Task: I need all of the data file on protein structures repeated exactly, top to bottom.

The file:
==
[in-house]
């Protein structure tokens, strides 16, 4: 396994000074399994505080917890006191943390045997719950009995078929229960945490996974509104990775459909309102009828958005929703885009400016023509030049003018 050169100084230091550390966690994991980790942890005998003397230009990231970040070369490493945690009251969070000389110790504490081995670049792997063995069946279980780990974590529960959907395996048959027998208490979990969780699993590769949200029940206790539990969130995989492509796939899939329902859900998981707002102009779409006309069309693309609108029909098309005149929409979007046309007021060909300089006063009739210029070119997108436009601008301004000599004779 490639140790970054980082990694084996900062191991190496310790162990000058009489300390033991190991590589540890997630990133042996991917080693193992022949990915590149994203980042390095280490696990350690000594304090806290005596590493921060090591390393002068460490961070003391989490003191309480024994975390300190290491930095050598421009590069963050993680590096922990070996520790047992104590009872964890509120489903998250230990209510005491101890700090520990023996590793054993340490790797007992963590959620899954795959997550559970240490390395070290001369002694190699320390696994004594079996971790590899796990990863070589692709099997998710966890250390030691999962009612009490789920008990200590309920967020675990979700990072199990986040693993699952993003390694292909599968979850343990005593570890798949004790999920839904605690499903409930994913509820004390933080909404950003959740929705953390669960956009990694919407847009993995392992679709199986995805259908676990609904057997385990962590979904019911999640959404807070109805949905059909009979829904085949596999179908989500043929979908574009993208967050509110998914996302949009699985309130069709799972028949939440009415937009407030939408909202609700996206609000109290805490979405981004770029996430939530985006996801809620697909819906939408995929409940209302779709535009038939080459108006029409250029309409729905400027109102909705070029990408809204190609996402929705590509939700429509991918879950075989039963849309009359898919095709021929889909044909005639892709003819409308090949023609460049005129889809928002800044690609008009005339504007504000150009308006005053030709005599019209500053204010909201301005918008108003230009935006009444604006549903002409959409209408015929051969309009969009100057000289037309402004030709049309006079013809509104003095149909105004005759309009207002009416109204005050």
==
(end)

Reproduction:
[in-house]
């Protein structure tokens, strides 16, 4: 396994000074399994505080917890006191943390045997719950009995078929229960945490996974509104990775459909309102009828958005929703885009400016023509030049003018 050169100084230091550390966690994991980790942890005998003397230009990231970040070369490493945690009251969070000389110790504490081995670049792997063995069946279980780990974590529960959907395996048959027998208490979990969780699993590769949200029940206790539990969130995989492509796939899939329902859900998981707002102009779409006309069309693309609108029909098309005149929409979007046309007021060909300089006063009739210029070119997108436009601008301004000599004779 490639140790970054980082990694084996900062191991190496310790162990000058009489300390033991190991590589540890997630990133042996991917080693193992022949990915590149994203980042390095280490696990350690000594304090806290005596590493921060090591390393002068460490961070003391989490003191309480024994975390300190290491930095050598421009590069963050993680590096922990070996520790047992104590009872964890509120489903998250230990209510005491101890700090520990023996590793054993340490790797007992963590959620899954795959997550559970240490390395070290001369002694190699320390696994004594079996971790590899796990990863070589692709099997998710966890250390030691999962009612009490789920008990200590309920967020675990979700990072199990986040693993699952993003390694292909599968979850343990005593570890798949004790999920839904605690499903409930994913509820004390933080909404950003959740929705953390669960956009990694919407847009993995392992679709199986995805259908676990609904057997385990962590979904019911999640959404807070109805949905059909009979829904085949596999179908989500043929979908574009993208967050509110998914996302949009699985309130069709799972028949939440009415937009407030939408909202609700996206609000109290805490979405981004770029996430939530985006996801809620697909819906939408995929409940209302779709535009038939080459108006029409250029309409729905400027109102909705070029990408809204190609996402929705590509939700429509991918879950075989039963849309009359898919095709021929889909044909005639892709003819409308090949023609460049005129889809928002800044690609008009005339504007504000150009308006005053030709005599019209500053204010909201301005918008108003230009935006009444604006549903002409959409209408015929051969309009969009100057000289037309402004030709049309006079013809509104003095149909105004005759309009207002009416109204005050």